Wyoming parents mull hemp oil for children with epilepsy
July 06, 2015 | Christopher Brown
By Laura Hancock Casper Star Tribune
Gretchen Wheeler knows her 21-year-old daughter will never be able to drive, marry or have her own children. Katelyn will likely live with her mother "forever," Wheeler says.
She is willing to accept some of those facts. Her daughter has epilepsy and autism.
What Wheeler can't accept is Katelyn's constant seizures.
The Casper mother is one of 175 Wyoming residents, according to Wyoming Department of Health estimates, considering a hemp extract oil that could help people with epilepsy. The Wyoming Legislature passed a law in February that legalized the oil. It was the least contentious of a handful of medical cannabis bills considered by lawmakers.
While the law went into effect Wednesday, the Health Department hasn’t passed rules or issued hemp cards yet.
The oil contains cannabidiol, known by the initials CBD, which many believe can help seizure patients. It contains only trace amounts of tetrahydrocannabinol, or THC, the psychoactive component of cannabis. Hemp and marijuana are different parts of the cannabis plant, according to the U.S. Drug Enforcement Administration.
Wyoming modeled its law after one in Utah, and joins more than a dozen states including Texas, Colorado and Wisconsin that have legalized the oil, said Chris Brown, the press secretary for Americans for Safe Access, a patient advocate group for all forms of medical cannabis.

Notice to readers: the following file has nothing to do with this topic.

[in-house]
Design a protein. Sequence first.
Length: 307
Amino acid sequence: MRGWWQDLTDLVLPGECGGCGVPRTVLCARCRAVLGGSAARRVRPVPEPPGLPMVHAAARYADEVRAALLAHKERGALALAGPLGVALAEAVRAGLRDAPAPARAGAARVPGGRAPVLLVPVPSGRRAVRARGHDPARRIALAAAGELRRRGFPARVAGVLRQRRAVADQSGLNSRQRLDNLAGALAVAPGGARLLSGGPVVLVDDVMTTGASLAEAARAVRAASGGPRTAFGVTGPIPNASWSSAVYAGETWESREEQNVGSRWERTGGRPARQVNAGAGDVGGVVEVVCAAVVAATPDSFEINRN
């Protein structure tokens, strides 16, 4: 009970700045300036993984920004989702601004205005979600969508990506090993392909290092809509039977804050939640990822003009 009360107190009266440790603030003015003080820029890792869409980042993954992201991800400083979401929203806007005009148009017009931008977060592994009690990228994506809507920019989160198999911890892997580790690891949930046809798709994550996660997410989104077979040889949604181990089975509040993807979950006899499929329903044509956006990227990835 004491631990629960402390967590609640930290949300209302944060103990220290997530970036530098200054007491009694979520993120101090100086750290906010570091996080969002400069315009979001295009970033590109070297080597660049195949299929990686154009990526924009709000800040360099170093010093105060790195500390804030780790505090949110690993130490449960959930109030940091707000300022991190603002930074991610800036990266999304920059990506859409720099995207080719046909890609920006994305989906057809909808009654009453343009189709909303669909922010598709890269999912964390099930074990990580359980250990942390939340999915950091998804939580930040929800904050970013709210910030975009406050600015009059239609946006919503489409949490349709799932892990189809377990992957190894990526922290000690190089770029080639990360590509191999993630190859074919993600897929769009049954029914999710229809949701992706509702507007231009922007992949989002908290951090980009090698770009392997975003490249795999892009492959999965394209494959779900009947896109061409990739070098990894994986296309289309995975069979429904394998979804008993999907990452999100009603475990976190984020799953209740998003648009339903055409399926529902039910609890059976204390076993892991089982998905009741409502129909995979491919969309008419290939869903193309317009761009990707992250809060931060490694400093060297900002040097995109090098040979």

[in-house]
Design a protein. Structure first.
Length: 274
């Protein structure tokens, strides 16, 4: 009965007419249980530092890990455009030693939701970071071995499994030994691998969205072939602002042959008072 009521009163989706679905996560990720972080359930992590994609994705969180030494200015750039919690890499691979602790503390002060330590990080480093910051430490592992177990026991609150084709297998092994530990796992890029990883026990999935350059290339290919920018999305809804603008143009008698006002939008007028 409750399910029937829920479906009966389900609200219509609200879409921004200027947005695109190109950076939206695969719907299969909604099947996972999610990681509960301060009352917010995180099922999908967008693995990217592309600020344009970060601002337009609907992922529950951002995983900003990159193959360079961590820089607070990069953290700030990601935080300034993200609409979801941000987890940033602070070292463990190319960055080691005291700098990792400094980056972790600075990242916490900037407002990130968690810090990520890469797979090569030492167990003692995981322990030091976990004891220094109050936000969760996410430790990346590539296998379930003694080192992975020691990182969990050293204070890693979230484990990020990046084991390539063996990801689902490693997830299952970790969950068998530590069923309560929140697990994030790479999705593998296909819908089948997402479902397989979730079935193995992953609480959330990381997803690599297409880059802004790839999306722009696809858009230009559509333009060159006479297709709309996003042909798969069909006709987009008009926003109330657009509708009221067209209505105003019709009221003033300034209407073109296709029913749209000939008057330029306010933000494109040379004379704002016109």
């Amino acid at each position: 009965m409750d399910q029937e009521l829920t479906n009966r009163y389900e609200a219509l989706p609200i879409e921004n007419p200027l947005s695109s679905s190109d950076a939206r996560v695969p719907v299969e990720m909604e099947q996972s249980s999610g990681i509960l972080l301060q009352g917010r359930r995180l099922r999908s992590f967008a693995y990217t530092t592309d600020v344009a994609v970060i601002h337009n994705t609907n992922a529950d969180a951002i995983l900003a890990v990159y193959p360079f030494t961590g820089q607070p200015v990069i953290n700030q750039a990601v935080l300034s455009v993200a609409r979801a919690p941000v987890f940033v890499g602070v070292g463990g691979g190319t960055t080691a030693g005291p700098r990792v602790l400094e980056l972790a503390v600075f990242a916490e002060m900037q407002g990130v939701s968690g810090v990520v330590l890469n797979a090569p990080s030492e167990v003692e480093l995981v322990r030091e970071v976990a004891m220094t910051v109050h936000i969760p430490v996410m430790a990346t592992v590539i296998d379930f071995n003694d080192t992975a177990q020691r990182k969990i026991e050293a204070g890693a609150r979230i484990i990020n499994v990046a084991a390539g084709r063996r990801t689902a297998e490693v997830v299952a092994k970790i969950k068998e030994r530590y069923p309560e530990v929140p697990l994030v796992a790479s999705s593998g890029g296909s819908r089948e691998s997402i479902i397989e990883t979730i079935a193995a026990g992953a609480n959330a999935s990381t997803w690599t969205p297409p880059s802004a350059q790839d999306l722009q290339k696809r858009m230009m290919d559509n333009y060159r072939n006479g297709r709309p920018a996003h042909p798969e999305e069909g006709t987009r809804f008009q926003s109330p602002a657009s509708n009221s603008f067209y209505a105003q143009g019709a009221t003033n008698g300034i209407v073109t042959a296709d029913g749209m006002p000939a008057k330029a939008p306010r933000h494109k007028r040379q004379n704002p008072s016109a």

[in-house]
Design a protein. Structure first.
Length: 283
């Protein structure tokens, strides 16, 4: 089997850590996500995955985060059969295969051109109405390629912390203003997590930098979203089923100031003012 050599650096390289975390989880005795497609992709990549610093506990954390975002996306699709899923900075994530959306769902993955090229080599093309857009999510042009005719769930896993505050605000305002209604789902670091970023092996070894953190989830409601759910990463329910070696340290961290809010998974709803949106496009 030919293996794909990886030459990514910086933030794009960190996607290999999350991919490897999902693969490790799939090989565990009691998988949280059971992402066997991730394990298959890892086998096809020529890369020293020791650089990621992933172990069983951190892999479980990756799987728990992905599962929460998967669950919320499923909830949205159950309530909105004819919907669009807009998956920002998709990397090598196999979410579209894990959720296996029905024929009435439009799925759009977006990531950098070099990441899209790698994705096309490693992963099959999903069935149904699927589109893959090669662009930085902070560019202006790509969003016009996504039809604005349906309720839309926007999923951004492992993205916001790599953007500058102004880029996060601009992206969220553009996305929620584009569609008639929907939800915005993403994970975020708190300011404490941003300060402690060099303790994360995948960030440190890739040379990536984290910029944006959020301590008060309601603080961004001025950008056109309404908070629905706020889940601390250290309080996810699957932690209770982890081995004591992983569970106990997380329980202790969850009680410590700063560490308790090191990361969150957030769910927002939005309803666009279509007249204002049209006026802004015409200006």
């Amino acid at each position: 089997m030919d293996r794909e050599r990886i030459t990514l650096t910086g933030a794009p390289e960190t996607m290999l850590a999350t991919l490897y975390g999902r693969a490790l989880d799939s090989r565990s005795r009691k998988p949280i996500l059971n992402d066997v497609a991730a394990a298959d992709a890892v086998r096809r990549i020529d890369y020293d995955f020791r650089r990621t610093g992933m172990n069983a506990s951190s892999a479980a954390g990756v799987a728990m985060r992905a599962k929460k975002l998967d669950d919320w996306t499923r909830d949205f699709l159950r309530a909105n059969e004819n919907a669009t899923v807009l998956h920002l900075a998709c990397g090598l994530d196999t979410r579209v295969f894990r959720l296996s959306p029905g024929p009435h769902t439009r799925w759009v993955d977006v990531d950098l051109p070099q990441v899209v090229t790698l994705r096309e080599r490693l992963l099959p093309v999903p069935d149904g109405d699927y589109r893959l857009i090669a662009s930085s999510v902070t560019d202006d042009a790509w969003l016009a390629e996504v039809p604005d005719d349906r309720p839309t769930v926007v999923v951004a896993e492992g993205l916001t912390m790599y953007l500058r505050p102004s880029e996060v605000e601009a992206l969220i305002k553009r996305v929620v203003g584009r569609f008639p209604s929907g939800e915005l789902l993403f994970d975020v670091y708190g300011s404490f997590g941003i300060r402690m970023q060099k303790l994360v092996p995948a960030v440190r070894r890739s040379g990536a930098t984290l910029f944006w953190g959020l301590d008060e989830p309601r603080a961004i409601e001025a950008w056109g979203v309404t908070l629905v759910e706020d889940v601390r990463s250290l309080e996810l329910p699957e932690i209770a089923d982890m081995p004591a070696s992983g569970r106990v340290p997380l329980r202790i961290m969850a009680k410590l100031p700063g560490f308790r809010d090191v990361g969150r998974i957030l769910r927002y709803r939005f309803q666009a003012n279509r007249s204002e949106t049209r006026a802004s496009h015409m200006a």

Advocates for medical marijuana believe the new law is a sign that the Wyoming Legislature’s attitudes are changing about cannabis, although the bill’s sponsor has consistently insisted that’s not the case.
In addition to epilepsy and autism, Katelyn also has attention deficit disorder and developmental delays, which means she functions as a 4 or 5 year old.
Wheeler doesn’t think it’s realistic to expect Katelyn to live a life without seizures. But she hopes they can be a minimal interference.
“I always try do what’s in the best interest of my children,” she said. “That’s my first priority, always. I respect (Katelyn’s neurologist) and the experience he possesses."
About a year ago, a nerve stimulation device was implanted into Katelyn’s chest that can interrupt a seizure by sending impulses to the brain. Overall, it can lower the number of seizures and it has been successful thus far – Katelyn hasn’t had a seizure in months, Wheeler said.
If they return at a high level, Wheeler will take have to talk to the neurologist about the oil. The family is planning a move this fall to Kansas, where a hemp oil bill failed in the 2015 session.
Brown, from Americans for Safe Access, said hemp oil came to the forefront after being featured on a show by CNN’s Dr. Sanjay Gupta. Families have been vocal, he said.
“There’s been a lot of action on it," he said. "Basically, the parents who have the children who are suffering from epilepsy have been amazingly effective advocates. There's no real stopping them is the short answer. They’ve been very effective.”